Latest Headlines

Latest Headlines

Struggling GlaxoSmithKline warns of 150 R&D/commercial job cuts in Philadelphia

Close to three months after GlaxoSmithKline revealed that it is making deep cuts in its R&D group in North Carolina as part of a major reorganization in the U.S., the pharma giant detailed plans to ax up to 150 more staffers and shutter units in its commercial/R&D group in the Philadelphia area.

Berkeley, UCSF researchers develop smart bandage to prevent and monitor bedsores

Engineers have created a smart bandage to detect and assess tissue damage from pressure ulcers before it can be seen by human eyes. This early detection could make recovery easier and more possible; the technology could also be used to monitor an existing bedsore.

Teleflex says its new tool for laparoscopic surgery will help minimally invasive approach gain traction

Teleflex announced that its FDA-cleared minimally invasive surgical system for laparoscopic surgery is officially in use. The device was just used for the first time at the Cleveland Clinic, though as a part of an evaluation of the tool.

Tablets, apps being deployed to improve customer service in the ICU

Hospitals across the country are deploying apps and health information technology to the intensive care unit with a goal of humanizing healthcare and improving interactions with patients and their families.

Soon-Shiong's NantWorks deepens its immuno-oncology ties with Sorrento

Billionaire biotech entrepreneur Patrick Soon-Shiong is expanding his company's relationship with Sorrento Therapeutics, promising $110 million in cash and equity in exchange for the rights to some cancer-fighting immunotherapies.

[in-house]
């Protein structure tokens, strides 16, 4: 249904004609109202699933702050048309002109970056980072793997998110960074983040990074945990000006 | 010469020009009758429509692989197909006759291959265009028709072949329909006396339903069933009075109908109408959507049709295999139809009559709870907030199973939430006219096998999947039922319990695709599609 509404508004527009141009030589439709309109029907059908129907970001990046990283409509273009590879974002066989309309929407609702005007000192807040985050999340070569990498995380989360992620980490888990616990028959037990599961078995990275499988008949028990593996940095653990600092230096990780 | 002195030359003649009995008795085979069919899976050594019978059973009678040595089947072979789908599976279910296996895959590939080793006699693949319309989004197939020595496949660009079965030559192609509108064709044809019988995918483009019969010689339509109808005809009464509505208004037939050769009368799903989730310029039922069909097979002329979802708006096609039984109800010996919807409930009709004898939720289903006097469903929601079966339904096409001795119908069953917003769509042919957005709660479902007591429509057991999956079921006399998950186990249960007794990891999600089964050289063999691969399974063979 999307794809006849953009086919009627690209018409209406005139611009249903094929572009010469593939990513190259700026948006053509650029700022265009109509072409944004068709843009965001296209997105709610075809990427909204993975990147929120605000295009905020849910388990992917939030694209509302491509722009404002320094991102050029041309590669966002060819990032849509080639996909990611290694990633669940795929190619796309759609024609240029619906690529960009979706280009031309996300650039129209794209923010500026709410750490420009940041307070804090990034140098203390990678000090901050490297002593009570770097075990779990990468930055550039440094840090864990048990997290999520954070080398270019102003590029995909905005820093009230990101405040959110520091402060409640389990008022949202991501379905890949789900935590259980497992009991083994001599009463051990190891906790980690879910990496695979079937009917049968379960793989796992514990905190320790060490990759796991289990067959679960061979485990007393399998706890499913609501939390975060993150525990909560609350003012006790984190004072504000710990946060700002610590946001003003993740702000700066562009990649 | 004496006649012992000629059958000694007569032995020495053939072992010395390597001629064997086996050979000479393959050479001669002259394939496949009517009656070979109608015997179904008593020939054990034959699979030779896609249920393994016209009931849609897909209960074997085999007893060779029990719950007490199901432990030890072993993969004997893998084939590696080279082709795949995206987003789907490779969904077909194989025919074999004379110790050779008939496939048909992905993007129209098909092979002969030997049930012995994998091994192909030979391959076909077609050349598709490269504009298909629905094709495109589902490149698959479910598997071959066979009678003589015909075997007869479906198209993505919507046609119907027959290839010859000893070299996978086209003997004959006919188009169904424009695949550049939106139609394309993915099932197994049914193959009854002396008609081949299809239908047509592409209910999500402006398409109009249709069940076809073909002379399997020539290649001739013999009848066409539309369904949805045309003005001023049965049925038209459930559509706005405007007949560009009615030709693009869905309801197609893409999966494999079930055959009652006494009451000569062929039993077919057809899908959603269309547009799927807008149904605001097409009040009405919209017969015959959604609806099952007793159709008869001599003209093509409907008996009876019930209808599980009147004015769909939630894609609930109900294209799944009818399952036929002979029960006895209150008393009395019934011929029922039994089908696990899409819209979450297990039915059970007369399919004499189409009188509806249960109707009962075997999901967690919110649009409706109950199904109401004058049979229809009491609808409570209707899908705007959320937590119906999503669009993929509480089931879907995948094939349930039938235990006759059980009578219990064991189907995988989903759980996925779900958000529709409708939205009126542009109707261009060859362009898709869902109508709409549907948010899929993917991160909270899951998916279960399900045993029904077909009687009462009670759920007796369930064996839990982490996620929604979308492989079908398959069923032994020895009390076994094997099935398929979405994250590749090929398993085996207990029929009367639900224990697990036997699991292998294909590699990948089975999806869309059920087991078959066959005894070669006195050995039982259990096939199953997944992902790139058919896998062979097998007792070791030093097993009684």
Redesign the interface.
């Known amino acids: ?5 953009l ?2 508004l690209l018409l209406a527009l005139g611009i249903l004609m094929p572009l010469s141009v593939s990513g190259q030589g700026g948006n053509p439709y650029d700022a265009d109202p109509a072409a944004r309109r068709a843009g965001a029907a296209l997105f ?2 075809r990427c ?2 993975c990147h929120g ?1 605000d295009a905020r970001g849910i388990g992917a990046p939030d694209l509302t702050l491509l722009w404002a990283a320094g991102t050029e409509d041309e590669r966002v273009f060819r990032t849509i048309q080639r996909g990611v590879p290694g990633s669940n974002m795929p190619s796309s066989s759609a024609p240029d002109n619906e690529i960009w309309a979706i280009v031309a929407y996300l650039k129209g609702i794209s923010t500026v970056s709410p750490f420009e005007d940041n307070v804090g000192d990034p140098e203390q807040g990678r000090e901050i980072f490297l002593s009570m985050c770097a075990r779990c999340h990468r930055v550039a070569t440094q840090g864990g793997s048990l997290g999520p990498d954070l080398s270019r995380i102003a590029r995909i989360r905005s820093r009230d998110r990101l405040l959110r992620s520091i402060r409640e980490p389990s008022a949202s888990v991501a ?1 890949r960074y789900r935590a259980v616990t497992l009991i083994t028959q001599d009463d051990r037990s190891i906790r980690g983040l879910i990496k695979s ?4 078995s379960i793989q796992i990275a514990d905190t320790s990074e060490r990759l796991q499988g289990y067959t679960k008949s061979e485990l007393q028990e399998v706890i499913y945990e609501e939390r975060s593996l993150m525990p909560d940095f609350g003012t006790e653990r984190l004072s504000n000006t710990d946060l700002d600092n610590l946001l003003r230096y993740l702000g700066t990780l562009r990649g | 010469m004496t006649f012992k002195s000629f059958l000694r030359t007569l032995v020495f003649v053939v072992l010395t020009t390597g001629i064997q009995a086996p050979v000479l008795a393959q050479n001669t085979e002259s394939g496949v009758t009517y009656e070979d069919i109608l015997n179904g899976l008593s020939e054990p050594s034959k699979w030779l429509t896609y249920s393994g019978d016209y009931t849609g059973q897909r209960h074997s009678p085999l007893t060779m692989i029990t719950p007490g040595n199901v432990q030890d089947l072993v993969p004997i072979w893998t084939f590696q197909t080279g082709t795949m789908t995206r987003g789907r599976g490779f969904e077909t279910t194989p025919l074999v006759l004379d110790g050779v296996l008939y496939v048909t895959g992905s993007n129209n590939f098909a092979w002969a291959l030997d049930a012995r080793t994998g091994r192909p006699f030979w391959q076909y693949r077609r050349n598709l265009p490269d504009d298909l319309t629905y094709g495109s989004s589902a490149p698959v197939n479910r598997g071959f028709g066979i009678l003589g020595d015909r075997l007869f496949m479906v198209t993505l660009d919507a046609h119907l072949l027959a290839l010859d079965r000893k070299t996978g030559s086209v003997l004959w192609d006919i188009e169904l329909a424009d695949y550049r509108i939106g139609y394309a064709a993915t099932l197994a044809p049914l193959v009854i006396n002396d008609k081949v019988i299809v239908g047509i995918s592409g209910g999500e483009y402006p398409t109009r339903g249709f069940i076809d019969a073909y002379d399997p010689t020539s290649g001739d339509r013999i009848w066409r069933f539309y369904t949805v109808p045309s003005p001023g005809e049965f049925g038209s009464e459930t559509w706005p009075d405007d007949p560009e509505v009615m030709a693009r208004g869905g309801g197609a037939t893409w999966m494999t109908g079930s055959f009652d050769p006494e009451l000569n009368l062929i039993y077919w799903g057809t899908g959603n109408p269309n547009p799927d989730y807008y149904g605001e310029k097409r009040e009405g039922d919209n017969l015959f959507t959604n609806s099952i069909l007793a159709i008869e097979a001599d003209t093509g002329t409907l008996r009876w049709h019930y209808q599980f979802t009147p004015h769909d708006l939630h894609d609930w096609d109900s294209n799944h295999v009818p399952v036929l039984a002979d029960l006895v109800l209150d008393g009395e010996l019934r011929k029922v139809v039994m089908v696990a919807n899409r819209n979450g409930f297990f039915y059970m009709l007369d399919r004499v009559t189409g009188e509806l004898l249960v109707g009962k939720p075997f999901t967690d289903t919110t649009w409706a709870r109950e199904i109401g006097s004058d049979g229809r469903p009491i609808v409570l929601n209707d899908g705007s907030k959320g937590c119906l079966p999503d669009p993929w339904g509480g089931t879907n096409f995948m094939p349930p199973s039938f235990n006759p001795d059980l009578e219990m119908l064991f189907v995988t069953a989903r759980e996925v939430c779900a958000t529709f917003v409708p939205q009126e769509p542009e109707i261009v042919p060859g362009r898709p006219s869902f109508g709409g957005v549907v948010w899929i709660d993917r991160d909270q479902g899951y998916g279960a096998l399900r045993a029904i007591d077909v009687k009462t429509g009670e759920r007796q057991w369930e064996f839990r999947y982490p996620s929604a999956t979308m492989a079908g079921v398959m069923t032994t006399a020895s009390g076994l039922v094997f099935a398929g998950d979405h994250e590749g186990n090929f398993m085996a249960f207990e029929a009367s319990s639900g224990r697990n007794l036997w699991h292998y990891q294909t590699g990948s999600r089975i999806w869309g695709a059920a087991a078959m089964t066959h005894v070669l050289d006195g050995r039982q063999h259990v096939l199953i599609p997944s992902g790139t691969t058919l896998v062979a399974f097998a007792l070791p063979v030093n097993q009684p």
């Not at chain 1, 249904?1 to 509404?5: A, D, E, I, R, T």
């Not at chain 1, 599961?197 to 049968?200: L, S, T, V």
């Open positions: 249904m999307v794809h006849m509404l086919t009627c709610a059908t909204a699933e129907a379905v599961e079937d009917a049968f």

Study: Newest drug-coated stents as effective as bypass surgery in coronary artery disease

The catheter-based insertion of one of the latest generation of drug-coated stents is just as effective as bypass surgery in treating coronary artery disease, according to a study in the latest issue of the New England Journal of Medicine. That was not the case with the prior generations of bare metal or first-generation drug-eluting stents.

New optogenetics technique does away with genetic modification

The growing field of optogenetics involves the use of light to control neural activity, a process that has wide implications for treating genetic diseases such as macular degeneration. But up until now, the therapy has required the use of genetically modified neurons, limiting its effectiveness in the human population.

'Nest for medical devices' launches out of Y Combinator

The latest company out of famed tech accelerator Y Combinator is a med tech: Shift Labs. The startup aims to make medical devices connected, streamlined and intuitive, much like Google's Nest has done for household thermostats, according to an article in TechCrunch.

CAR-T player Kite Pharma buys its way into Europe and pads its anticancer arsenal

Kite Pharma, a leader among companies in the fast-moving field of cancer immunotherapy, is expanding its arsenal of potential treatments and making European landfall with a biotech buyout.

Efforts at intracochlear drug delivery to treat hearing loss gaining momentum

The millimeters-wide opening of the inner ear has long stymied efforts at drug delivery, but progress is being made, according to Scientific American. Draper Lab is working to create a small intracochlear device designed to treat hearing loss.